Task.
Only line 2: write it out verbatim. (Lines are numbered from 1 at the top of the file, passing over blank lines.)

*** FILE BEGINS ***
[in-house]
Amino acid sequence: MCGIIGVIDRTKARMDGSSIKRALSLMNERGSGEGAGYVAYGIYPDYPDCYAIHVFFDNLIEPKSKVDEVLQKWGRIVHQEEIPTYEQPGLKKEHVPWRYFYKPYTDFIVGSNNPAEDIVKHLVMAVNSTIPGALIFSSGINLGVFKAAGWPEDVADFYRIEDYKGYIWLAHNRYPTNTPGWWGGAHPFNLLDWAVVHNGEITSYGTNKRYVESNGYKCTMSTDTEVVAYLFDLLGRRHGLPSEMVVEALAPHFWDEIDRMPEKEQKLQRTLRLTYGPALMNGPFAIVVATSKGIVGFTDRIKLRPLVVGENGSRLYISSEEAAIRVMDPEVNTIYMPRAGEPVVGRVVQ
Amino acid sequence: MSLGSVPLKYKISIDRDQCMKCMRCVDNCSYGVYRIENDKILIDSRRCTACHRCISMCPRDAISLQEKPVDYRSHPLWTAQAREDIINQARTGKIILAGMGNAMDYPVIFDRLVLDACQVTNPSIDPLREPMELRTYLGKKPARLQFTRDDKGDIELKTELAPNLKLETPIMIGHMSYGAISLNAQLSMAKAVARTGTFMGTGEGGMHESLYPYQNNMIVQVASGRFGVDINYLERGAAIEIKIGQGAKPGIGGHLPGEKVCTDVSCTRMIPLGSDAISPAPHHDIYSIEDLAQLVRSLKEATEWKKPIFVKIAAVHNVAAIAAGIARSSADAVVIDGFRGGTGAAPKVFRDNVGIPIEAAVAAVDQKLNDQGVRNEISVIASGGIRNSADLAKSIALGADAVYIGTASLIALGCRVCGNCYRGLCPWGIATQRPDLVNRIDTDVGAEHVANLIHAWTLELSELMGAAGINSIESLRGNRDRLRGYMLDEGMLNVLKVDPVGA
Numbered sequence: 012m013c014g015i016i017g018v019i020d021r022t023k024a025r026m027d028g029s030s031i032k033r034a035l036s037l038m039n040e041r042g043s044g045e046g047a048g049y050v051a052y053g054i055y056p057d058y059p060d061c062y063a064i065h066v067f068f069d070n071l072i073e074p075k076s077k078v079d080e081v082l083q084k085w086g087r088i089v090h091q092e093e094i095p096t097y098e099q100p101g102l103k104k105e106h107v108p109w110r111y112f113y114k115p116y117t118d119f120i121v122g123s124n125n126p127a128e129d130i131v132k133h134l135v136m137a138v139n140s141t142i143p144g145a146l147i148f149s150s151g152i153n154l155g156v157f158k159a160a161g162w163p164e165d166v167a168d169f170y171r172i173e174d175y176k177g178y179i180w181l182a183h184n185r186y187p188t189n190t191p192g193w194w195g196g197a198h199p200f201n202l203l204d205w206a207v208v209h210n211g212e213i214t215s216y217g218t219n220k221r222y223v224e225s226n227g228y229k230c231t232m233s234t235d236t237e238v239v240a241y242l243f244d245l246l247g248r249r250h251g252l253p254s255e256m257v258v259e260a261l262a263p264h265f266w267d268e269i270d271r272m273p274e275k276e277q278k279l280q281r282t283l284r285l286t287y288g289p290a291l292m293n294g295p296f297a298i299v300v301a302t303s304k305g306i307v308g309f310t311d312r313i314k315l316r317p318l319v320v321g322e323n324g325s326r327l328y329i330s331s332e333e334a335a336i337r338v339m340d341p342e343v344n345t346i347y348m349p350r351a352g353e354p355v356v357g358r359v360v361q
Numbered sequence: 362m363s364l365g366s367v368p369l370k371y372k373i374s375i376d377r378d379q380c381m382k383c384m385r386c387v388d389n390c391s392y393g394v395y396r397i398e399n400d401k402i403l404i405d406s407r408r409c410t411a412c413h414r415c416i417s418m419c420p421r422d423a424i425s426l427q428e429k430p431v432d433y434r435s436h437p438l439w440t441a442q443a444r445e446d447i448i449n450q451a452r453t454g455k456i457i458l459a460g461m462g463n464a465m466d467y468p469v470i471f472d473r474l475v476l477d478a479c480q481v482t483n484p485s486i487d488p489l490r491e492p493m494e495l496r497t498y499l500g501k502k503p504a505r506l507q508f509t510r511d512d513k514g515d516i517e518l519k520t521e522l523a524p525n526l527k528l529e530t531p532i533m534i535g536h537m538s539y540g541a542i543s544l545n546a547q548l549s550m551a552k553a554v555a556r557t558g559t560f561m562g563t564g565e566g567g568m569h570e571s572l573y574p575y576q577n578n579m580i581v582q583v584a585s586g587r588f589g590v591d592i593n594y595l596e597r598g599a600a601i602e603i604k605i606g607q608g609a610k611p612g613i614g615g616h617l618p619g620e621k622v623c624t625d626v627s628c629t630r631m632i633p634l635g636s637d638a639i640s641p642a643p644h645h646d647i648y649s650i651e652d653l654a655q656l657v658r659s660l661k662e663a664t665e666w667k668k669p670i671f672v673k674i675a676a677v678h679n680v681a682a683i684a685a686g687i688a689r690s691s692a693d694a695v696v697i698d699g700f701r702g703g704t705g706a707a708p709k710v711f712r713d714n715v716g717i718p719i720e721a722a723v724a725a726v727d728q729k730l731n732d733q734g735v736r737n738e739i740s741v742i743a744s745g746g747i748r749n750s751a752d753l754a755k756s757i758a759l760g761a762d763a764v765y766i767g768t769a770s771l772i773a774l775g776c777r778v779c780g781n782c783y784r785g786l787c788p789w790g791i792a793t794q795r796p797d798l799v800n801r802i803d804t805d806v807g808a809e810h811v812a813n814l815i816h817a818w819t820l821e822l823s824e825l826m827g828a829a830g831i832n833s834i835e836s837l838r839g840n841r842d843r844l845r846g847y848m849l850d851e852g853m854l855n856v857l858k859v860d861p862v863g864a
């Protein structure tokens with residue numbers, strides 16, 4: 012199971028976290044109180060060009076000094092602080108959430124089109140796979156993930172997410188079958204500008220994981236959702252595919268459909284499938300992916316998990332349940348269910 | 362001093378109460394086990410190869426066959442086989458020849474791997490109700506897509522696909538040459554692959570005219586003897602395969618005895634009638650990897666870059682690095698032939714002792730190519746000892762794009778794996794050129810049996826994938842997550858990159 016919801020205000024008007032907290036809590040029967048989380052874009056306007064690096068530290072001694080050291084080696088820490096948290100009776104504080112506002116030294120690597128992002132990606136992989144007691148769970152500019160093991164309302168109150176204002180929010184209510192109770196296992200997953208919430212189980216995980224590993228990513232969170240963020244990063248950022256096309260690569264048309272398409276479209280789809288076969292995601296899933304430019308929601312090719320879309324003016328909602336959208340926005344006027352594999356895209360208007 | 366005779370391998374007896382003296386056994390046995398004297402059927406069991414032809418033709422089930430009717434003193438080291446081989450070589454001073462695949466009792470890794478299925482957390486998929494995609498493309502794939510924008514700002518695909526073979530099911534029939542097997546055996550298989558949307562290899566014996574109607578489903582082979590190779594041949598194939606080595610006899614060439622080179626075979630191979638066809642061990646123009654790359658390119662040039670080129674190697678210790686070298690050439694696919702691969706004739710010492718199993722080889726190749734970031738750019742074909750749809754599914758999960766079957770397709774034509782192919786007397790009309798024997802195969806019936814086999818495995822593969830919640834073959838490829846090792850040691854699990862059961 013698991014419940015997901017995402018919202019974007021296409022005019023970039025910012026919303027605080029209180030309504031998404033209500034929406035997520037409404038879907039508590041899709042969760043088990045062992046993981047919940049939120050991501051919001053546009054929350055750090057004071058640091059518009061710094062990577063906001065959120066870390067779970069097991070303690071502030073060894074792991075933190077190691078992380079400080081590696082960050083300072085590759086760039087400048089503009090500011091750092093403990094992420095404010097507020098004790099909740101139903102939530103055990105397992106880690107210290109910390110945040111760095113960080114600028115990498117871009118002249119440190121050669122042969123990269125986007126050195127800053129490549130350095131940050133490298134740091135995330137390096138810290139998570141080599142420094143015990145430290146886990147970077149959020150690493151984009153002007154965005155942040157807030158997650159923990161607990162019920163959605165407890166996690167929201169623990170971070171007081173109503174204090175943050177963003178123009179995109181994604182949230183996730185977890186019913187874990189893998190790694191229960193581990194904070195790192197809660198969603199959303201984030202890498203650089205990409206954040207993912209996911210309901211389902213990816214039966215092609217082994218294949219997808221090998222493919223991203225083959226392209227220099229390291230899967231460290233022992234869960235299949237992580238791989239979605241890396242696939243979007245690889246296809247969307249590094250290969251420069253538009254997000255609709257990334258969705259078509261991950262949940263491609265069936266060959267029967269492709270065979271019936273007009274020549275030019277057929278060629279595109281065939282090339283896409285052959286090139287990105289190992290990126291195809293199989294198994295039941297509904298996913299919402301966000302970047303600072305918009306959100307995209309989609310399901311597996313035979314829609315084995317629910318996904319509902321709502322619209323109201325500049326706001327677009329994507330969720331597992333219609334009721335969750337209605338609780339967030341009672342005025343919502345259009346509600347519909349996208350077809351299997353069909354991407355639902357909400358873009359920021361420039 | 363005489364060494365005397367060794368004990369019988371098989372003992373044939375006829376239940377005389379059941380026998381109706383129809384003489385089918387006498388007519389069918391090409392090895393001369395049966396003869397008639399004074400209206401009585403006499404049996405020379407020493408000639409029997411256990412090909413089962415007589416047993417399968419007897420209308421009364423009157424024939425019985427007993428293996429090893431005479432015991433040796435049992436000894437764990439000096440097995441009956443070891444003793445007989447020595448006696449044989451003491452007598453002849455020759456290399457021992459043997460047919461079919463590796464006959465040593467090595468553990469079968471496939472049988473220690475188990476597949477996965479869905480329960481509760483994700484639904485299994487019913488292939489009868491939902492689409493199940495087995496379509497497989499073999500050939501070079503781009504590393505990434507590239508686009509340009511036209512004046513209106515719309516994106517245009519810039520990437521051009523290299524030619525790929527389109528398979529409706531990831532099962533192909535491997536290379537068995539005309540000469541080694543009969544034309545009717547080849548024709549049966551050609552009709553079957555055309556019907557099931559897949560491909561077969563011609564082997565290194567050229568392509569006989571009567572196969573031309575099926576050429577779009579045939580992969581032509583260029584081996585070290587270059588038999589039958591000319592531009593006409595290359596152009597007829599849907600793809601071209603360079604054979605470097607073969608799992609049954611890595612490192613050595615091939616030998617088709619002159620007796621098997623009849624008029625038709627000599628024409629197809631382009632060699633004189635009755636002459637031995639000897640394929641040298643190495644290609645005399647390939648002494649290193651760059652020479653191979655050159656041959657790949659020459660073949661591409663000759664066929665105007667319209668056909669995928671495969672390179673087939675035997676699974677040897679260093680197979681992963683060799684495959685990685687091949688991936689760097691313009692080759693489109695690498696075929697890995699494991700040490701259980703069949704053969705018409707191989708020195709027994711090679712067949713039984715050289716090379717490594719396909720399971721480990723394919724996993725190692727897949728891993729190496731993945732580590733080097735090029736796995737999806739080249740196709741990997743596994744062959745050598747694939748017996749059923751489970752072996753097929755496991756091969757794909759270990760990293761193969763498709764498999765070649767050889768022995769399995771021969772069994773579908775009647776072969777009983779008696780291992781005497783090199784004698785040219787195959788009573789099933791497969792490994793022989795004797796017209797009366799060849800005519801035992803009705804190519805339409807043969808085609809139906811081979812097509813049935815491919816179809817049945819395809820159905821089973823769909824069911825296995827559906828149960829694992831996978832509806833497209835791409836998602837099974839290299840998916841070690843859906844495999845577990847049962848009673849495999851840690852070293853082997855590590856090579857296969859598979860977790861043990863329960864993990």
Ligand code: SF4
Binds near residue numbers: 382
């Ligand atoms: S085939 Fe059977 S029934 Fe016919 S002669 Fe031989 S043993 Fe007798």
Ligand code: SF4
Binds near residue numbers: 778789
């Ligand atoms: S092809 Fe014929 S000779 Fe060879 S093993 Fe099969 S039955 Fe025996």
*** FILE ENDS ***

Amino acid sequence: MCGIIGVIDRTKARMDGSSIKRALSLMNERGSGEGAGYVAYGIYPDYPDCYAIHVFFDNLIEPKSKVDEVLQKWGRIVHQEEIPTYEQPGLKKEHVPWRYFYKPYTDFIVGSNNPAEDIVKHLVMAVNSTIPGALIFSSGINLGVFKAAGWPEDVADFYRIEDYKGYIWLAHNRYPTNTPGWWGGAHPFNLLDWAVVHNGEITSYGTNKRYVESNGYKCTMSTDTEVVAYLFDLLGRRHGLPSEMVVEALAPHFWDEIDRMPEKEQKLQRTLRLTYGPALMNGPFAIVVATSKGIVGFTDRIKLRPLVVGENGSRLYISSEEAAIRVMDPEVNTIYMPRAGEPVVGRVVQ